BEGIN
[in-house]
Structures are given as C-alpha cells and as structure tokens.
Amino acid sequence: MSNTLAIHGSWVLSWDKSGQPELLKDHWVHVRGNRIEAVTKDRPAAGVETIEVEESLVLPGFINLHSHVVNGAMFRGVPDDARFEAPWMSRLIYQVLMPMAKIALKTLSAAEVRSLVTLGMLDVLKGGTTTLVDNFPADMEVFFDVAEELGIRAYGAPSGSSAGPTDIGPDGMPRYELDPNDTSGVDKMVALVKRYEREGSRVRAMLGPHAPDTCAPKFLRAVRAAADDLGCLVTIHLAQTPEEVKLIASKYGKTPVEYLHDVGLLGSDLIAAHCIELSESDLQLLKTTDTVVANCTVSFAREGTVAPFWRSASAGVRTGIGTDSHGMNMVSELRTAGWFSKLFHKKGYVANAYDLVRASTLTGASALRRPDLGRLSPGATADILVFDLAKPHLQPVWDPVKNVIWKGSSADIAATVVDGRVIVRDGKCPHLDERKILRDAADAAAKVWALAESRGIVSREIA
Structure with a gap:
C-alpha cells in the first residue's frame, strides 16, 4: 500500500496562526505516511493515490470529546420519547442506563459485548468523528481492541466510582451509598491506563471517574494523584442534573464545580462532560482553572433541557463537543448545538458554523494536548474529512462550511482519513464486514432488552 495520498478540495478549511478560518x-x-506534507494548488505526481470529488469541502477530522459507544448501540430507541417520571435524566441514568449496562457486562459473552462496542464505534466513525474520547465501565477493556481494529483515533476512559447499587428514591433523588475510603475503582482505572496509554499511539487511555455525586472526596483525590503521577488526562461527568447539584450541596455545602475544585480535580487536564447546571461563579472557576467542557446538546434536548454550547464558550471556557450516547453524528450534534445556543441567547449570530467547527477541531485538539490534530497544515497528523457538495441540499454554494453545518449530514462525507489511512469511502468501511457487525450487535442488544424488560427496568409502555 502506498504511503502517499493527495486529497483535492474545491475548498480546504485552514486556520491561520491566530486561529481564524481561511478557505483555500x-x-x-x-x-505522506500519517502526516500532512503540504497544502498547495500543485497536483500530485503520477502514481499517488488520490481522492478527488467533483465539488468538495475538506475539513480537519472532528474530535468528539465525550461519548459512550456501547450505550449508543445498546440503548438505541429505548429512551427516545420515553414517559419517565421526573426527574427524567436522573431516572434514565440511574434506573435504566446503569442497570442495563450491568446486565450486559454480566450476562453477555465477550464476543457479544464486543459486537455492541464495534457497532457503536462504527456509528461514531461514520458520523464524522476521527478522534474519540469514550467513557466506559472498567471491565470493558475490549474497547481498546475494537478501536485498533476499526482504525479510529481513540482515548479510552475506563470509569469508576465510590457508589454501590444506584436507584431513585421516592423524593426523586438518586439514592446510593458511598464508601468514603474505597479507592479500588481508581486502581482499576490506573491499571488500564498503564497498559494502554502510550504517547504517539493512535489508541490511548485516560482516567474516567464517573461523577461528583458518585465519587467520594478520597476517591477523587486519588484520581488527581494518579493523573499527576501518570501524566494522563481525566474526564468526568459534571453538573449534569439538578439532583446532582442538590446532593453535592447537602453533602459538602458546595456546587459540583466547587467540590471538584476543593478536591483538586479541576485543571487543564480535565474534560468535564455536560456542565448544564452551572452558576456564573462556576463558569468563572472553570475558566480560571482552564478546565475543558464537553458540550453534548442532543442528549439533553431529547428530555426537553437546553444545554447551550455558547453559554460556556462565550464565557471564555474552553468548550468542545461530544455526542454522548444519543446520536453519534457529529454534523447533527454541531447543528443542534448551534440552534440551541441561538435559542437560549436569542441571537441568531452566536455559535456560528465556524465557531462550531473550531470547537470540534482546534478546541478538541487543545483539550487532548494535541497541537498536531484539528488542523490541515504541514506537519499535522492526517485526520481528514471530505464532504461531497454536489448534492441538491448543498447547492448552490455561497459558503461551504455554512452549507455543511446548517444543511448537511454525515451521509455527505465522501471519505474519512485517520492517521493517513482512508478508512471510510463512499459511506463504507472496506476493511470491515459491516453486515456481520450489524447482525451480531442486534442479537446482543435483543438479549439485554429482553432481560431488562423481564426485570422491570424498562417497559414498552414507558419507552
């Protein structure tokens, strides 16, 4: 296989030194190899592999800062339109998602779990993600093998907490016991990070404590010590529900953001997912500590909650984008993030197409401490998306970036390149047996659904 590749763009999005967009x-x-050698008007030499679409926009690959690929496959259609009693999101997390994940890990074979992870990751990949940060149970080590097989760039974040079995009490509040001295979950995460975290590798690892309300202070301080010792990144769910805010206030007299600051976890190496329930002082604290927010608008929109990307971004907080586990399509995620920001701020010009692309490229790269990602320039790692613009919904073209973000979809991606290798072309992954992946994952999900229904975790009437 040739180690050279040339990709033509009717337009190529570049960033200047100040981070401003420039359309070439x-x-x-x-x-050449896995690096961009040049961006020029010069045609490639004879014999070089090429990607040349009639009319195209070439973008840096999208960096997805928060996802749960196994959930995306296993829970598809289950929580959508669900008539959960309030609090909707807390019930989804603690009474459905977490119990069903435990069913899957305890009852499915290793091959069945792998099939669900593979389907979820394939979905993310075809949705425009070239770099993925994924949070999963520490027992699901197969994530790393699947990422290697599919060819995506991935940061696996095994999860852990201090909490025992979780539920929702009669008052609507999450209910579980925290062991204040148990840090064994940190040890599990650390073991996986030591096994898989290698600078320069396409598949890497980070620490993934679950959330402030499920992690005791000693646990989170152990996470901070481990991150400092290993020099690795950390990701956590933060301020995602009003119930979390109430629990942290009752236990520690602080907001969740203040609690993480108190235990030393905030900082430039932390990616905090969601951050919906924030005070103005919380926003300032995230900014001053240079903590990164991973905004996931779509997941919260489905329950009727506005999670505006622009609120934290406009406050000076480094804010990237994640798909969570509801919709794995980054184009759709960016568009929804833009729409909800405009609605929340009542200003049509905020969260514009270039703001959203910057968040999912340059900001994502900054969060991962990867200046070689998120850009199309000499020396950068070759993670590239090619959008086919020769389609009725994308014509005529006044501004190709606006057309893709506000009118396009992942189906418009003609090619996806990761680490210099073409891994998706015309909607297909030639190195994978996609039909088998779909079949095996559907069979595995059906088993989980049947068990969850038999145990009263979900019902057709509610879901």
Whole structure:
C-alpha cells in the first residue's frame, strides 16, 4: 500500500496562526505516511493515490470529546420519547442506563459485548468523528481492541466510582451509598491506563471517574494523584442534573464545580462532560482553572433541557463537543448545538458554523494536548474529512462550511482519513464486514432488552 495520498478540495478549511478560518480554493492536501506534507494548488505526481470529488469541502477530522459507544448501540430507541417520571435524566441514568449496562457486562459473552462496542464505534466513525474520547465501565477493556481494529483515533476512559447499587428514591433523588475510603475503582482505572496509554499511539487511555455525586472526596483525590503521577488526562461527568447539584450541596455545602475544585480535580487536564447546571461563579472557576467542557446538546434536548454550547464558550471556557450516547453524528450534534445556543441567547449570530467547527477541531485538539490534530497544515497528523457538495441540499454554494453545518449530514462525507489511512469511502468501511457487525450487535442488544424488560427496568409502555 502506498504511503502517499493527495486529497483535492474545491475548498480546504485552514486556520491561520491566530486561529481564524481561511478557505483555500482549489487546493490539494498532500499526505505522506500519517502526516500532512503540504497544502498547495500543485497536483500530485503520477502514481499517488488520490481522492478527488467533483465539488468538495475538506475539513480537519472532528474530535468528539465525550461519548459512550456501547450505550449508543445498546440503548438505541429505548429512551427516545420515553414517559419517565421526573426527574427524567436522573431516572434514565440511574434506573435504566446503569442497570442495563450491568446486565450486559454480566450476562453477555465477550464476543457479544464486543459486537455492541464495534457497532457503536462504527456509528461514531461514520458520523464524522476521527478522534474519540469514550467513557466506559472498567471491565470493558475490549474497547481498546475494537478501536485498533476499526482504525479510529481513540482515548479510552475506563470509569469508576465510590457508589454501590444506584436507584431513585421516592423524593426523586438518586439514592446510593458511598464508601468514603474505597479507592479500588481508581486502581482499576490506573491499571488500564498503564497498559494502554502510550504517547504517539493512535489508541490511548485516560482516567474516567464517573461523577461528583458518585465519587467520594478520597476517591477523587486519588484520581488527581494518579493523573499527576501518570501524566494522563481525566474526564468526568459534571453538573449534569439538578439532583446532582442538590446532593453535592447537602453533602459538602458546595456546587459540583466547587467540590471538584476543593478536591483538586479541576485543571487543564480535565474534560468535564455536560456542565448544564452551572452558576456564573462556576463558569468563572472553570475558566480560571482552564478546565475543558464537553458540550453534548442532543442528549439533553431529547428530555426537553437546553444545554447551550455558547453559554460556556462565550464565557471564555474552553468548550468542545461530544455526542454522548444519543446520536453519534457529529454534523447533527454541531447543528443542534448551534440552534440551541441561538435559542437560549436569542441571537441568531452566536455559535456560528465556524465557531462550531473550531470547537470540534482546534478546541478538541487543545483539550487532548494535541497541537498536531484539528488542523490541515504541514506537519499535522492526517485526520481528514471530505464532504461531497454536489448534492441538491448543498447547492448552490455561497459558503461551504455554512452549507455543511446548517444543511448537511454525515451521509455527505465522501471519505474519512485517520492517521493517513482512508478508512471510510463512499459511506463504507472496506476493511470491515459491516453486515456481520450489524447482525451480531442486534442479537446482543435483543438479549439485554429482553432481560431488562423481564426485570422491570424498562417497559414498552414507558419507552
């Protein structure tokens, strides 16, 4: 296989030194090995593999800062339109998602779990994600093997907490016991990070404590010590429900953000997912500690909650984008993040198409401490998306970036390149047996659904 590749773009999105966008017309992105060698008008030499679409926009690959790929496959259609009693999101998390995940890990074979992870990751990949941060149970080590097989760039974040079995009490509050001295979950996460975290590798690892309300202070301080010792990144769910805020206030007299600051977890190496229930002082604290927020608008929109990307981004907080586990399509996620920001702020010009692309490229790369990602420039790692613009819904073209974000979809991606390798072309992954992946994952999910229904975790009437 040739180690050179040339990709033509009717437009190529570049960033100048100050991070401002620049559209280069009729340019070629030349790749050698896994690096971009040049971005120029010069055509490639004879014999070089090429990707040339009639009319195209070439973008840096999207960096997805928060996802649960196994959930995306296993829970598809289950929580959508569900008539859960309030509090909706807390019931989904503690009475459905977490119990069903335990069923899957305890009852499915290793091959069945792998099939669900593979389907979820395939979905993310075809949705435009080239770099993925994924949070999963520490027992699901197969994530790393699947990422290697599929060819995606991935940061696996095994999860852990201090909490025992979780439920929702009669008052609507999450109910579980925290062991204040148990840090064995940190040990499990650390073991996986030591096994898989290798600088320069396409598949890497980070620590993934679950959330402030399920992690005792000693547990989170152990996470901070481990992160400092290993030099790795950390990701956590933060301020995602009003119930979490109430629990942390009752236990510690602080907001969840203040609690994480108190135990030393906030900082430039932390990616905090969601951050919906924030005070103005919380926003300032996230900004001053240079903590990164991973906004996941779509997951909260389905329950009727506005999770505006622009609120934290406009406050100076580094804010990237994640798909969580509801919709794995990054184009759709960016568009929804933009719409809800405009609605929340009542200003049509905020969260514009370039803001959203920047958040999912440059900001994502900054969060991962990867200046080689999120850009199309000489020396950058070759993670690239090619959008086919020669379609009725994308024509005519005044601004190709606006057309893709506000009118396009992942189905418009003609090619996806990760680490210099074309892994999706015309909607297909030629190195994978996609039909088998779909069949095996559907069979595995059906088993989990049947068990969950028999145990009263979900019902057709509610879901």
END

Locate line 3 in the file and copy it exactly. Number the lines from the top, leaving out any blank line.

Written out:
Amino acid sequence: MSNTLAIHGSWVLSWDKSGQPELLKDHWVHVRGNRIEAVTKDRPAAGVETIEVEESLVLPGFINLHSHVVNGAMFRGVPDDARFEAPWMSRLIYQVLMPMAKIALKTLSAAEVRSLVTLGMLDVLKGGTTTLVDNFPADMEVFFDVAEELGIRAYGAPSGSSAGPTDIGPDGMPRYELDPNDTSGVDKMVALVKRYEREGSRVRAMLGPHAPDTCAPKFLRAVRAAADDLGCLVTIHLAQTPEEVKLIASKYGKTPVEYLHDVGLLGSDLIAAHCIELSESDLQLLKTTDTVVANCTVSFAREGTVAPFWRSASAGVRTGIGTDSHGMNMVSELRTAGWFSKLFHKKGYVANAYDLVRASTLTGASALRRPDLGRLSPGATADILVFDLAKPHLQPVWDPVKNVIWKGSSADIAATVVDGRVIVRDGKCPHLDERKILRDAADAAAKVWALAESRGIVSREIA